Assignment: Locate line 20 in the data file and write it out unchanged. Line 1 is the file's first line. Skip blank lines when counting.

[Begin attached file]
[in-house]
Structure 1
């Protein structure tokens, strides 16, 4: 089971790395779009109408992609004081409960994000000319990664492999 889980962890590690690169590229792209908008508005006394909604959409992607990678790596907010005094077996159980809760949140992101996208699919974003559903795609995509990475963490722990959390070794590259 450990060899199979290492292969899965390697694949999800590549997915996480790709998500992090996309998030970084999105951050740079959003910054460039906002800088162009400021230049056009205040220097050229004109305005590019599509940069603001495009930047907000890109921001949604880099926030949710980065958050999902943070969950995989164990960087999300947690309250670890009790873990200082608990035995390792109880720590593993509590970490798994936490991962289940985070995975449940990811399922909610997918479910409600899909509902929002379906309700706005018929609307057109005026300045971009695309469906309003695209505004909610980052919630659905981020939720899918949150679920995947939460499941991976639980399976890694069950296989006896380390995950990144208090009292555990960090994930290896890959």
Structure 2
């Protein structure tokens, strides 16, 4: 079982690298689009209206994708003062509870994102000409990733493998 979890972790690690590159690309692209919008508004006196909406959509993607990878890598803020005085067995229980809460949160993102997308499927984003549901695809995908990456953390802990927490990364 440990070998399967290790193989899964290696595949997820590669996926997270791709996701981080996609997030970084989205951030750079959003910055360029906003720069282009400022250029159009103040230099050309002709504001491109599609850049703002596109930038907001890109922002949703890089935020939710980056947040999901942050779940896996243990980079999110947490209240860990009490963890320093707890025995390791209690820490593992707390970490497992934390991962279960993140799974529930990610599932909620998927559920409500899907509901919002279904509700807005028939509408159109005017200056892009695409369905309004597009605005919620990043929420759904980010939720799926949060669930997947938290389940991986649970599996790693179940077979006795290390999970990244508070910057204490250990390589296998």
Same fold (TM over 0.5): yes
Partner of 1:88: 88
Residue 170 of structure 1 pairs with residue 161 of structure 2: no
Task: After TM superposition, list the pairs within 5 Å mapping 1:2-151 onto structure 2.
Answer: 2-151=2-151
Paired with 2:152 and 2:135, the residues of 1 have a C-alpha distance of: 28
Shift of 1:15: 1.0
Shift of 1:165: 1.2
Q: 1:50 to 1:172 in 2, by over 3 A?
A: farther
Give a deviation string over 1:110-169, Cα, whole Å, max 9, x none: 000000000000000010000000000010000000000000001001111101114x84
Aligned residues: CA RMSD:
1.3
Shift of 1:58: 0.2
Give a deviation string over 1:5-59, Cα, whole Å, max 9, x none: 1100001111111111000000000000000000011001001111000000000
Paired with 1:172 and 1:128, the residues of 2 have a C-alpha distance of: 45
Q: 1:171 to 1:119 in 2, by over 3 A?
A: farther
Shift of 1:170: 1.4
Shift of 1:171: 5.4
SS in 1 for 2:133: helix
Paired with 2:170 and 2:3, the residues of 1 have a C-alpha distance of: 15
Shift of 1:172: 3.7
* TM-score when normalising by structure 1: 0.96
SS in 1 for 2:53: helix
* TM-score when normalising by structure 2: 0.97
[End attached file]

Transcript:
Give a deviation string over 1:5-59, Cα, whole Å, max 9, x none: 1100001111111111000000000000000000011001001111000000000